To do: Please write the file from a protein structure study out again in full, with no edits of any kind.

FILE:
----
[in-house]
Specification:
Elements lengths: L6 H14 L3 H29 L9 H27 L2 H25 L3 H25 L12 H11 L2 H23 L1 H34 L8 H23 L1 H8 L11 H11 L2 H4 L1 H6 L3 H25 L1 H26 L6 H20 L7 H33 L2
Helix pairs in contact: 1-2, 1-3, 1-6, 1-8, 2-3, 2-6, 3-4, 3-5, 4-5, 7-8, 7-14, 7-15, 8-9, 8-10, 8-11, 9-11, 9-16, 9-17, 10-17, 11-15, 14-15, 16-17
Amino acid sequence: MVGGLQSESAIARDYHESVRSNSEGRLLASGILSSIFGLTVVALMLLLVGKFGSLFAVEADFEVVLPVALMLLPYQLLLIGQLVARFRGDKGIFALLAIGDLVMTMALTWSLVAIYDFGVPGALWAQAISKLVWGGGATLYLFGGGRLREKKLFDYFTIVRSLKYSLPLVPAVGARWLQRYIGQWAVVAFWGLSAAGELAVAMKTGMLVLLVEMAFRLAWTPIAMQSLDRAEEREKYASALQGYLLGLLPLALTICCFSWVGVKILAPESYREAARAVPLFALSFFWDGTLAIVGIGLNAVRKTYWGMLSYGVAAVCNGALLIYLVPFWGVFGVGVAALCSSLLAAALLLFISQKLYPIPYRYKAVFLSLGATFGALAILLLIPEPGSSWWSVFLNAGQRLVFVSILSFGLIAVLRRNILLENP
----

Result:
[in-house]
Specification:
Elements lengths: L6 H14 L3 H29 L9 H27 L2 H25 L3 H25 L12 H11 L2 H23 L1 H34 L8 H23 L1 H8 L11 H11 L2 H4 L1 H6 L3 H25 L1 H26 L6 H20 L7 H33 L2
Helix pairs in contact: 1-2, 1-3, 1-6, 1-8, 2-3, 2-6, 3-4, 3-5, 4-5, 7-8, 7-14, 7-15, 8-9, 8-10, 8-11, 9-11, 9-16, 9-17, 10-17, 11-15, 14-15, 16-17
Amino acid sequence: MVGGLQSESAIARDYHESVRSNSEGRLLASGILSSIFGLTVVALMLLLVGKFGSLFAVEADFEVVLPVALMLLPYQLLLIGQLVARFRGDKGIFALLAIGDLVMTMALTWSLVAIYDFGVPGALWAQAISKLVWGGGATLYLFGGGRLREKKLFDYFTIVRSLKYSLPLVPAVGARWLQRYIGQWAVVAFWGLSAAGELAVAMKTGMLVLLVEMAFRLAWTPIAMQSLDRAEEREKYASALQGYLLGLLPLALTICCFSWVGVKILAPESYREAARAVPLFALSFFWDGTLAIVGIGLNAVRKTYWGMLSYGVAAVCNGALLIYLVPFWGVFGVGVAALCSSLLAAALLLFISQKLYPIPYRYKAVFLSLGATFGALAILLLIPEPGSSWWSVFLNAGQRLVFVSILSFGLIAVLRRNILLENP